Extended operating hours in the civil courts will continue until the end of the financial year, the government has said, as the court system braces itself for ‘greater pressure’ in the coming months.
In an updated recovery plan for civil and family courts and tribunals, HM Courts & Tribunals service said reopening court buildings and holding remote hearings might not be enough to deal with the civil case backlog.
‘A civil working group, chaired by a designated civil judge, has reviewed options for temporary extensions of operating hours. It found that extended operating hours in the evening or at the weekend might be suitable for small claims and fast track hearings and recommended that designated civil judges should have the option to implement extended Covid operating hours where they deem the local situation requires it,’ HMCTS said. The extension will last until the end of the financial year.
The are currently no plans to introduce extended operating hours in the family courts, but HMCTS said the situation ‘will be kept under review’.
Demand in the civil courts is expected to increase compared with the past six months and HMCTS said court capacity will come under greater pressure. ‘There is already a significant volume of cases waiting to be listed so our focus now is on ensuring we process the current caseload as quickly as possible so we can manage the anticipated increase in demand effectively,’ it said.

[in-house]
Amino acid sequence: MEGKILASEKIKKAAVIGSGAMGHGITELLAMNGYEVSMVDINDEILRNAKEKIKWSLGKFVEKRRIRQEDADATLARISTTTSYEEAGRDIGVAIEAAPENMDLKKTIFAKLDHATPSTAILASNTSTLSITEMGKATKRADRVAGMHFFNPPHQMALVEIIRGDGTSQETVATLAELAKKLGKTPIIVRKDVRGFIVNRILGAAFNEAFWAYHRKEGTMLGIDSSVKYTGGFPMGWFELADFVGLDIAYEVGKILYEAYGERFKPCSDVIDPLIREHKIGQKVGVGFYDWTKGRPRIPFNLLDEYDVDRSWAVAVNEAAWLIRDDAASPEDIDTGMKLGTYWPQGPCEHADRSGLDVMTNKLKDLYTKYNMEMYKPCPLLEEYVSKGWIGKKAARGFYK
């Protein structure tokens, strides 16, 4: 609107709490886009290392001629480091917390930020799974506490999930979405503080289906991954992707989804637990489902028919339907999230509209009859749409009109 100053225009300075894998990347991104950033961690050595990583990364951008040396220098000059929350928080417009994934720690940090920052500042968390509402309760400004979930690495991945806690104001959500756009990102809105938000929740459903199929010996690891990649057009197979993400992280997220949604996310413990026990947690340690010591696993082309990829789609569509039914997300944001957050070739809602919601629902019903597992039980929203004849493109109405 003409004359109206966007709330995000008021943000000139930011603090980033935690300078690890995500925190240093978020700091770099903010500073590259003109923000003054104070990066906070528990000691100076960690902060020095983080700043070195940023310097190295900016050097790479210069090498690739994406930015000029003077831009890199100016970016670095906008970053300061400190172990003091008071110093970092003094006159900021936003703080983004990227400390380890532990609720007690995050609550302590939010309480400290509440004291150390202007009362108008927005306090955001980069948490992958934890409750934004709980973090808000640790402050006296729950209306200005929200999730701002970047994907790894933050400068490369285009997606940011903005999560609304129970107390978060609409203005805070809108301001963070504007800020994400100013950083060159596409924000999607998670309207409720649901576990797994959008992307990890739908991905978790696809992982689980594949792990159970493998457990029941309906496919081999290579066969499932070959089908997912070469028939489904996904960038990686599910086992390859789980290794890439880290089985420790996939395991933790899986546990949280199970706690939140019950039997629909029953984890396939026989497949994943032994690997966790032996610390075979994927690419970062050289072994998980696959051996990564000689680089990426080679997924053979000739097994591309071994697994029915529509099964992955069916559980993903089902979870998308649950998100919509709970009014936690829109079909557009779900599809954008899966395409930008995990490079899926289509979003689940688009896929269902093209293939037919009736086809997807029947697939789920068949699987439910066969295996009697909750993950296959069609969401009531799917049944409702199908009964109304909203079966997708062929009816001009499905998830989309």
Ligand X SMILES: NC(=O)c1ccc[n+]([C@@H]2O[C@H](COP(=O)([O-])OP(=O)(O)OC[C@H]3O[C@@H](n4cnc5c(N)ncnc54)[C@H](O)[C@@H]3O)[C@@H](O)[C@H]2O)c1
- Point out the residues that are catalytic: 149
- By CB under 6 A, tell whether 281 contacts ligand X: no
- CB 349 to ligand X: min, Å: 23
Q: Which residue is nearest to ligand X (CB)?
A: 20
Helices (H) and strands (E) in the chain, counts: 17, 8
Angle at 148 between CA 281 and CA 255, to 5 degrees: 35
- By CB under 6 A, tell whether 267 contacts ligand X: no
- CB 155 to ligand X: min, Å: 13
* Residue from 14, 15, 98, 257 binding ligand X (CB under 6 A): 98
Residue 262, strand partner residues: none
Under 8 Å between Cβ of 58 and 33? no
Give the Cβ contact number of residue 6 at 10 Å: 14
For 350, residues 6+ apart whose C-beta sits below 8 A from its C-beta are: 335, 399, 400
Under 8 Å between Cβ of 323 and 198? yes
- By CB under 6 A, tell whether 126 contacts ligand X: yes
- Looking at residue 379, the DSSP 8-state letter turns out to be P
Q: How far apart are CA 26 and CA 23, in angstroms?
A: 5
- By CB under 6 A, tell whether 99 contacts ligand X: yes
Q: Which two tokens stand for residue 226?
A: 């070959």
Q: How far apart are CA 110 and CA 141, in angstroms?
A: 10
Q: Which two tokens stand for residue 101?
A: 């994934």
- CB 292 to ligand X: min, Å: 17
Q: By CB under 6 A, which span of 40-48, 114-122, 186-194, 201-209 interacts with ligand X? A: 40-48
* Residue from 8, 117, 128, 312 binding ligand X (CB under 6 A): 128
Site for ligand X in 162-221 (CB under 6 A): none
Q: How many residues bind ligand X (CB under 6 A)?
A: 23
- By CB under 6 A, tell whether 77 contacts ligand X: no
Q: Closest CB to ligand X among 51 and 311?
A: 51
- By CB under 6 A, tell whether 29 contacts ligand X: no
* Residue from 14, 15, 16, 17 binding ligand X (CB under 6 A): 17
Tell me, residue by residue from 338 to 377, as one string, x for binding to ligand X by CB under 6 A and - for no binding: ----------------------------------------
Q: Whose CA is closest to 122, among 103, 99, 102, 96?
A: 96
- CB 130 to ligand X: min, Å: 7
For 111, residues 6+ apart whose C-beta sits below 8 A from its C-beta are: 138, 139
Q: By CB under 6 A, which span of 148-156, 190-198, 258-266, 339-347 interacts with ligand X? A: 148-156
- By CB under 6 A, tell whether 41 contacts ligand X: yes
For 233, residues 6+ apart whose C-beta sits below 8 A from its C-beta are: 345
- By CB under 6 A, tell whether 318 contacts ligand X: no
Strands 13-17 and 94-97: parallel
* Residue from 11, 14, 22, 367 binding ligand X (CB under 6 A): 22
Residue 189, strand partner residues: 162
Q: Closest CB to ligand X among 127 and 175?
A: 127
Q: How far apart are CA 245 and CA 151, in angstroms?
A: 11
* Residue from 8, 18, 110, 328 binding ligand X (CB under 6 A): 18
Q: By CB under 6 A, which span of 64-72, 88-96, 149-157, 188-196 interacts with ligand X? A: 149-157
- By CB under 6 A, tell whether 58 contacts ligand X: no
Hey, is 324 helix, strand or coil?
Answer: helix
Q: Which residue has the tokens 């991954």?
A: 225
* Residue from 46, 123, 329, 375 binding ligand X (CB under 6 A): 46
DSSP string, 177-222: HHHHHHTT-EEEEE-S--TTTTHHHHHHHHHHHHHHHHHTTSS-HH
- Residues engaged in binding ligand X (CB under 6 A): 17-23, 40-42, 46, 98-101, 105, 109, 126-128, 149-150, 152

Possession claims are due to return to 'at least pre-Covid levels over the autumn' and the government said it has implemented contingency arrangements for increased demand. Employment tribunals were also labelled as a 'key challenge'.
HMCTS said it is recruiting hundreds of additional staff as part of its recovery plan.
In the family courts, July 2020 saw the highest levels of judicial sittings in a single month and the number of cases completed is now returning to pre-Covid levels.
According to HMCTS, disposals in public law cases have averaged over 80% of pre-pandemic levels since March 2020 while private law disposals have averaged 70%. As a result, in public family law the backlog has risen by 16% since the start of the pandemic, while the number of outstanding private cases has grown by 19%.
Law Society president David Greene welcomed the steps taken by HMCTS to reduce case backlogs.
However, he said the growing case backlog in the employment tribunals and potential increase in possession hearing cases remain ‘a huge concern’.
‘Before expanding Covid operating hours, HMCTS must ensure that it is making maximum use of normal court hours and the existing court estate and avoid any restrictions on judges sitting while there are court rooms (real, virtual or Nightingale) available,’ Greene said.